They put in place a truly-amazing mass of regulation on the health insurance companies – dictating who they shall cover (everybody), what risks they must cover (all), what limits they may place on coverage amounts (none) and how much they may spend on G&A to make all this happen – and then, when the inevitable consequences (discontinued policies and higher premiums) appear, they turn around and blame ‘greedy insurance companies’ – for doing as the law requires them to do.

    What sad is how many people they can still find who will drink this Kool-Aid.

    I don’t know, it’s almost like they planned for it to fail or something.

    llater,

    llamas

  • Paul Marks

    The propaganda against the insurance companies is indeed intense – but (in this case) it is a tissue of lies.

  • Paul Marks

    As for “Libertarians” – if one is talking about PARTY Libertarians (rather than people like Rand Paul and Ron Paul), after what you have just done in Virginia, I would request (strongly request) that you stay well away from me.

    You backed a “Libertarian” who was in favour of higher taxes and more government spying – and (by so doing) helped a criminal be elected Governor of Virginia (thus leading to higher taxes, the Obamacare Medicaid extension, firearm confiscation, and much else) and defeated someone (backed by both Rand Paul and Ron Paul) who wanted lower taxes and less government spending.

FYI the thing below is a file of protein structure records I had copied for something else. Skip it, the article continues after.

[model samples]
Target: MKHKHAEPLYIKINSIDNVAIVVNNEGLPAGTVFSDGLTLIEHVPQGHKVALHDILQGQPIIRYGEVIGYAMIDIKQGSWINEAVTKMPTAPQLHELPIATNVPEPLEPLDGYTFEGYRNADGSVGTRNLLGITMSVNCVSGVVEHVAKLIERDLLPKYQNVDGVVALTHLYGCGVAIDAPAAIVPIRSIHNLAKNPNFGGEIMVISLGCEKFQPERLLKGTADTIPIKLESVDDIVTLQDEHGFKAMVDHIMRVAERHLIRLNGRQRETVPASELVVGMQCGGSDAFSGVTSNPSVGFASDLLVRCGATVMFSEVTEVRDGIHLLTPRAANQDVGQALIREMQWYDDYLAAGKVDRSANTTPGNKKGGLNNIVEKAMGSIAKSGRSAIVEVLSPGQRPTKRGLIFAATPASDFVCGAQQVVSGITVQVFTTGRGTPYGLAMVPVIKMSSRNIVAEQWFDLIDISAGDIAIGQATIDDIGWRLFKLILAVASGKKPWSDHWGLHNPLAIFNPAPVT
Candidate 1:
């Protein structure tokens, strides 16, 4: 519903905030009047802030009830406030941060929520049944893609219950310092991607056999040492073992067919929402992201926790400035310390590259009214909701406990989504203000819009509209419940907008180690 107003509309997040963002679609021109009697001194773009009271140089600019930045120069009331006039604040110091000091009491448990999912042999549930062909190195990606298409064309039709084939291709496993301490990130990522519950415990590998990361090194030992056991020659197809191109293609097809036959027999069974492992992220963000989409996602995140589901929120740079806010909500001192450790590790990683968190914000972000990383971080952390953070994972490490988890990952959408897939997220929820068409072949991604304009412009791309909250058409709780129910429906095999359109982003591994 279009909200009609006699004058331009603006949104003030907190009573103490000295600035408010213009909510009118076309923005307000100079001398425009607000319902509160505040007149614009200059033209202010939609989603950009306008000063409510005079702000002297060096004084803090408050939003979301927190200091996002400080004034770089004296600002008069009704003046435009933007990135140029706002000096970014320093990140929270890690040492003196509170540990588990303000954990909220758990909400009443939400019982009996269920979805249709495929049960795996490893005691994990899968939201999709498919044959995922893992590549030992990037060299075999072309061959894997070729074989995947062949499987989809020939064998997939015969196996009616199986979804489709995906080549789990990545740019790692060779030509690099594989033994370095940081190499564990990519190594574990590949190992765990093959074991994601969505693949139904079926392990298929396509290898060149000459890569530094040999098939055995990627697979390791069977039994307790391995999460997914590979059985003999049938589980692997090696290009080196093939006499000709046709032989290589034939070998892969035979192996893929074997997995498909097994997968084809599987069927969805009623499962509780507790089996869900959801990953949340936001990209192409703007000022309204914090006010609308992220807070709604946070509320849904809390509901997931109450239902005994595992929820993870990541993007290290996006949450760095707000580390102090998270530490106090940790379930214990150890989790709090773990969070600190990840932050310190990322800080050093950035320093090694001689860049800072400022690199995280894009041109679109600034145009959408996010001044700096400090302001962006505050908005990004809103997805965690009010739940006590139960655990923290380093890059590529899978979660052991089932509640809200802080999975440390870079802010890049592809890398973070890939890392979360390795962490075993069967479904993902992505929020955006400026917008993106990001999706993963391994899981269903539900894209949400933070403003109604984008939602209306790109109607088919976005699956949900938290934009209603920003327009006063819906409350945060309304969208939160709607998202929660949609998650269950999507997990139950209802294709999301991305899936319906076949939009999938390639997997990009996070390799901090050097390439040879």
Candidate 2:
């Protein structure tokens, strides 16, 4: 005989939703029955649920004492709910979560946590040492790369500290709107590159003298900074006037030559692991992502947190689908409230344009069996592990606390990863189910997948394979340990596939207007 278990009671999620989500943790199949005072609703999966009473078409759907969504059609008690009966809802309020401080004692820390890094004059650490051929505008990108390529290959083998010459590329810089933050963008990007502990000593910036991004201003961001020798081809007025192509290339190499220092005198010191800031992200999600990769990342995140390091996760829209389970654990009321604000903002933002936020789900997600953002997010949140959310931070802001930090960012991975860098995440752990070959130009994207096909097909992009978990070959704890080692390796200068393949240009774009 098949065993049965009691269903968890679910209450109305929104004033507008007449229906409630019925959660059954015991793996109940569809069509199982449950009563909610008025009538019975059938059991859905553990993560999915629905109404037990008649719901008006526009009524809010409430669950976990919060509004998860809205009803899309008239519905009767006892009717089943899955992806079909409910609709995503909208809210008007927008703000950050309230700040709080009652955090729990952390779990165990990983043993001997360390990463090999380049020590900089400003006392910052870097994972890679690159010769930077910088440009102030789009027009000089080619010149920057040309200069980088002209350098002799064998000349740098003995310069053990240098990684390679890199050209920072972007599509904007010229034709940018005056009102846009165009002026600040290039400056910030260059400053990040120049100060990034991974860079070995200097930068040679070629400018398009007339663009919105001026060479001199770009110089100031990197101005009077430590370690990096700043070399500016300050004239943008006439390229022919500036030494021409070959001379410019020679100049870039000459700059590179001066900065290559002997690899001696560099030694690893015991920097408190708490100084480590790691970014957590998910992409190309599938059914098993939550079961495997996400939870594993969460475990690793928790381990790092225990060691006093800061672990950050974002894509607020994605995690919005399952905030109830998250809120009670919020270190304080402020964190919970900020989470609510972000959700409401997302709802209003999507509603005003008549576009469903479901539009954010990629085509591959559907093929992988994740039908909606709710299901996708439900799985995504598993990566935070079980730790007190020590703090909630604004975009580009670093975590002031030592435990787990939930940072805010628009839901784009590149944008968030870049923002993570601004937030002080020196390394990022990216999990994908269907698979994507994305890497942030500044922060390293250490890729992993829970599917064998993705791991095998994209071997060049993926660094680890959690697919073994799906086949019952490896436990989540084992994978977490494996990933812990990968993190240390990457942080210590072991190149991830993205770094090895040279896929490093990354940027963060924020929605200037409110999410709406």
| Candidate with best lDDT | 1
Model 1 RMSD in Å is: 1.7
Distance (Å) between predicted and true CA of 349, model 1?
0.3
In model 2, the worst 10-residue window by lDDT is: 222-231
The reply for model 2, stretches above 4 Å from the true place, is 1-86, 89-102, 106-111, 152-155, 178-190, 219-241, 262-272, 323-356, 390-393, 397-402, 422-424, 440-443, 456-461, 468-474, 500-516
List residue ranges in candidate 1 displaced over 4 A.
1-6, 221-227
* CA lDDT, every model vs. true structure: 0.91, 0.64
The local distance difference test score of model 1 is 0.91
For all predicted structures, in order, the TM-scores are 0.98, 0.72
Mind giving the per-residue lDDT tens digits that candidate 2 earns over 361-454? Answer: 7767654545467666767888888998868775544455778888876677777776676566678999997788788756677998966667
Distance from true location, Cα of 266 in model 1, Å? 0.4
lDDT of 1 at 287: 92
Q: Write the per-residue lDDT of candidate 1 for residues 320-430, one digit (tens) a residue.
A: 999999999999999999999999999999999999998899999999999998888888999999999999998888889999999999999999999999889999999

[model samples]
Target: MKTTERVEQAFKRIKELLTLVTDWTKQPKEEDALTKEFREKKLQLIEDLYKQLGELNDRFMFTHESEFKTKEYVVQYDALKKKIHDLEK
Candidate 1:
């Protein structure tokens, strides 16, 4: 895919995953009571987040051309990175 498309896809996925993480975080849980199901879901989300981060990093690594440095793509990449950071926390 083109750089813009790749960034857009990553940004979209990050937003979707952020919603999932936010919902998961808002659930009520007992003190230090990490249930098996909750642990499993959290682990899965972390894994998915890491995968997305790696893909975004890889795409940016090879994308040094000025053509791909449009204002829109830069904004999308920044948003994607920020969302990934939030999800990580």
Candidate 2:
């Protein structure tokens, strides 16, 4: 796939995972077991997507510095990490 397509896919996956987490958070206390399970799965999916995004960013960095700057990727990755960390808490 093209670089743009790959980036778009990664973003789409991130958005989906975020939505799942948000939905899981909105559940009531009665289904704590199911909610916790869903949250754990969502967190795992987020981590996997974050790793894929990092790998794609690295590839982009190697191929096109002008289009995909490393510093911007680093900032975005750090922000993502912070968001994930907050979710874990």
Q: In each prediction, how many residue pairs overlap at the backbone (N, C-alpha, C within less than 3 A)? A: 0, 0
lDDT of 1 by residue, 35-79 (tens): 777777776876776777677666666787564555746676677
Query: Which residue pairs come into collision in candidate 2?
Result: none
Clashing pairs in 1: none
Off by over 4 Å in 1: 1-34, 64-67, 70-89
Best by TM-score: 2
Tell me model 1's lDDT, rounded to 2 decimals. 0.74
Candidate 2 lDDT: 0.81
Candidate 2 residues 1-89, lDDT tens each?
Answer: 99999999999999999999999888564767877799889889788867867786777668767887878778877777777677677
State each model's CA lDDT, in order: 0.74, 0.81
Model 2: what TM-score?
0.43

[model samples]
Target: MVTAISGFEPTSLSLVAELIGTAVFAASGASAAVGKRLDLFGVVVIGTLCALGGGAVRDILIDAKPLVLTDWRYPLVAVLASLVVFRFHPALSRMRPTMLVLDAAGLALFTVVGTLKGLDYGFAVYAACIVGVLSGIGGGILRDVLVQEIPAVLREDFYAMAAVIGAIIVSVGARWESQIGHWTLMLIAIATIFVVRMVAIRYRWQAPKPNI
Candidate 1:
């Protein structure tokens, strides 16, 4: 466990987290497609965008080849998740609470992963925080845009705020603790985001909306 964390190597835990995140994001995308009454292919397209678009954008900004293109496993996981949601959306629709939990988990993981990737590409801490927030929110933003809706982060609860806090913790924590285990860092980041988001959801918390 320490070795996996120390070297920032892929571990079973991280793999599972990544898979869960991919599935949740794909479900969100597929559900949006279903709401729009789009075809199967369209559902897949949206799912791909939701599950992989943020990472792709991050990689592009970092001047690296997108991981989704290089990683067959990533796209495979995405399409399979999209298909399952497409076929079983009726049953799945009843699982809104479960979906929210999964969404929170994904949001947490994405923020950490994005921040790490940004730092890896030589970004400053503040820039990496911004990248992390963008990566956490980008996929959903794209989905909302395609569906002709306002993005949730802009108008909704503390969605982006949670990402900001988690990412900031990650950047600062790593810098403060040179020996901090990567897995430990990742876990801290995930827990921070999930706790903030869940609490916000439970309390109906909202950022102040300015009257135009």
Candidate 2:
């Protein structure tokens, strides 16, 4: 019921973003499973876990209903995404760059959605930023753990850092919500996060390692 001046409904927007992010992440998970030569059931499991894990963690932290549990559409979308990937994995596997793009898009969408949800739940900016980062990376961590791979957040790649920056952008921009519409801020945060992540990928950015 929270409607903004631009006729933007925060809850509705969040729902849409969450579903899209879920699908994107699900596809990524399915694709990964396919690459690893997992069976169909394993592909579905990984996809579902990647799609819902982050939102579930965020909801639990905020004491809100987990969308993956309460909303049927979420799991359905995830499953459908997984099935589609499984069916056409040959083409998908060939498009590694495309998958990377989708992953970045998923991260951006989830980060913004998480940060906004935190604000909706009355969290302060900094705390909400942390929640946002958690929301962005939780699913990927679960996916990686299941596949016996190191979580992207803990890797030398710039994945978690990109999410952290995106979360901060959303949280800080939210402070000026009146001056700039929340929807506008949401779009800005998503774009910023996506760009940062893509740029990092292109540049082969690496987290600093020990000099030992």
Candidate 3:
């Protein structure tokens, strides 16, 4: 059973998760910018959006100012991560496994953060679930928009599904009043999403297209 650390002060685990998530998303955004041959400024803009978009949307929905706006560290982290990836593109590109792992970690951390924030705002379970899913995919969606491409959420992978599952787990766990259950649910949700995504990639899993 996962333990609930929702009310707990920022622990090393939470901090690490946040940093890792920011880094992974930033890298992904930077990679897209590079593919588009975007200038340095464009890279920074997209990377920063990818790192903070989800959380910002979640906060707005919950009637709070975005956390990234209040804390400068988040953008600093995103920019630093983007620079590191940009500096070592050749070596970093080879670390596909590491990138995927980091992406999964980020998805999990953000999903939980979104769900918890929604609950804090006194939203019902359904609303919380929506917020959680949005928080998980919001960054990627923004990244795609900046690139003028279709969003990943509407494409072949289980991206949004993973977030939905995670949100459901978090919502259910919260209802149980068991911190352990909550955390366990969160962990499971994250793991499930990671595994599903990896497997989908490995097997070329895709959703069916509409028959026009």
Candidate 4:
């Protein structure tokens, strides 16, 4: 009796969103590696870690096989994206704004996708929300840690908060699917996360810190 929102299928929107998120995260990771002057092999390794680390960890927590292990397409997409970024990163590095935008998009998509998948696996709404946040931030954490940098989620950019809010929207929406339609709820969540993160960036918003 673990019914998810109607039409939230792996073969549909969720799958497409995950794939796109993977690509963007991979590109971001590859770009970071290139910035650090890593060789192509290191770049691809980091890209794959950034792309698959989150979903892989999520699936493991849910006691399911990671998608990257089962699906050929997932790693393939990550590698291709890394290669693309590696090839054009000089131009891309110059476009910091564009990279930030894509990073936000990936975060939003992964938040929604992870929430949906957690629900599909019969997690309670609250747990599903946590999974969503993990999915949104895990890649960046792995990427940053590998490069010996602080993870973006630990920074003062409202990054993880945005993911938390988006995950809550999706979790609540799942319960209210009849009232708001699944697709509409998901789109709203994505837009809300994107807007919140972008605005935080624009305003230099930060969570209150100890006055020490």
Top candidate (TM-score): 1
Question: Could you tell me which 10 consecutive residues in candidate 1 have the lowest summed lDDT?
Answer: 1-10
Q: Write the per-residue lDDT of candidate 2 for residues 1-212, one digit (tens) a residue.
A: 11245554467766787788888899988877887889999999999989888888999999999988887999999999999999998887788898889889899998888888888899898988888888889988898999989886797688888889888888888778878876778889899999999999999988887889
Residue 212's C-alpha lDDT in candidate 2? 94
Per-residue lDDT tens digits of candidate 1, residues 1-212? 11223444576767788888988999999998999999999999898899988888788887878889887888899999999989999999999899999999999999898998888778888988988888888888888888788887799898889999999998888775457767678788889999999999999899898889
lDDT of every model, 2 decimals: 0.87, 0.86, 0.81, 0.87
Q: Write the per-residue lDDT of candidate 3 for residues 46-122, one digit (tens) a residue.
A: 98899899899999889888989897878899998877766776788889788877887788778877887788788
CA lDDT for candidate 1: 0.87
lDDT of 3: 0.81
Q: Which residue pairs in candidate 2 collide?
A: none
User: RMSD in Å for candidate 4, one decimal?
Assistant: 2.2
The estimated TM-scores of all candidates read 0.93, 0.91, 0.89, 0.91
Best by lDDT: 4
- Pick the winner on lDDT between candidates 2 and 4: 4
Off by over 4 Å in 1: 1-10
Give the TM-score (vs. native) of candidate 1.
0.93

I am not a kindly person – I will not be forgiving you in a hurry.

    Especially those of you connected with “Reason” magazine and CATO – it is time Charles and David Koch got a big broom and swept you out.

    Indeed they should have done that after what you did in 2008 – no I have not forgotten the nice words about Comrade Barack.

  • Paul Marks

    jdm it is not a conspiracy theory.

    Obamacare is designed to bankrupt real private cover and lead (step-by-step) to a single payer (for the vast majority of people).

    I have seen film of conferences where the authors of the Bill (the real authors) BOAST of this.

    Senator Rand Paul sums it up well.